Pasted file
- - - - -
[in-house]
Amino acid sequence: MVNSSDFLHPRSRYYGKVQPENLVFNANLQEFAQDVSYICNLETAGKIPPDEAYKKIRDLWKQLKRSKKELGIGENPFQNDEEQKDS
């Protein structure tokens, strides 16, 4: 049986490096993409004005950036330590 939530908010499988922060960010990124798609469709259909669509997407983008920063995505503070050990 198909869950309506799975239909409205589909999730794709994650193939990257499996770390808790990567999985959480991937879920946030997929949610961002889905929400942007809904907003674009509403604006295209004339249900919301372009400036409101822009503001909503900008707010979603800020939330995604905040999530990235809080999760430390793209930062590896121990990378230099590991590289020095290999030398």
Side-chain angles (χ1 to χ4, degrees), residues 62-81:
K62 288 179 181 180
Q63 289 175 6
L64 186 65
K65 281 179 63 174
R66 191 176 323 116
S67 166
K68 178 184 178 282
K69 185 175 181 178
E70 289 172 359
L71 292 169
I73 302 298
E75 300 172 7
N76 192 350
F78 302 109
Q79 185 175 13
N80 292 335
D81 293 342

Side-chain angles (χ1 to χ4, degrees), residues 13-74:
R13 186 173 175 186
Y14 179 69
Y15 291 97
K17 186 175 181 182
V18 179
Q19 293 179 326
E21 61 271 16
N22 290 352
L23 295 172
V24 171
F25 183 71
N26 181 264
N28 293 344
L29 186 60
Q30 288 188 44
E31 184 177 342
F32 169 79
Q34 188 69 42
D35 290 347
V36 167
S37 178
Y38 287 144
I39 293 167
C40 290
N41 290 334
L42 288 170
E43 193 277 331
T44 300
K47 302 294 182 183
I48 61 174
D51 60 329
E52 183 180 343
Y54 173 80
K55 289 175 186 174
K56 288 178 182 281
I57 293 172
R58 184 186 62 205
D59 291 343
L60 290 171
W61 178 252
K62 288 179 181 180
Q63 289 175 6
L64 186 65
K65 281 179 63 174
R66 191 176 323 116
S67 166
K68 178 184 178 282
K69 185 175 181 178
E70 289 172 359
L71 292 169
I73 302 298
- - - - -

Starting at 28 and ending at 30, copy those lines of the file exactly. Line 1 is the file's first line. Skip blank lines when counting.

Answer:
Q19 293 179 326
E21 61 271 16
N22 290 352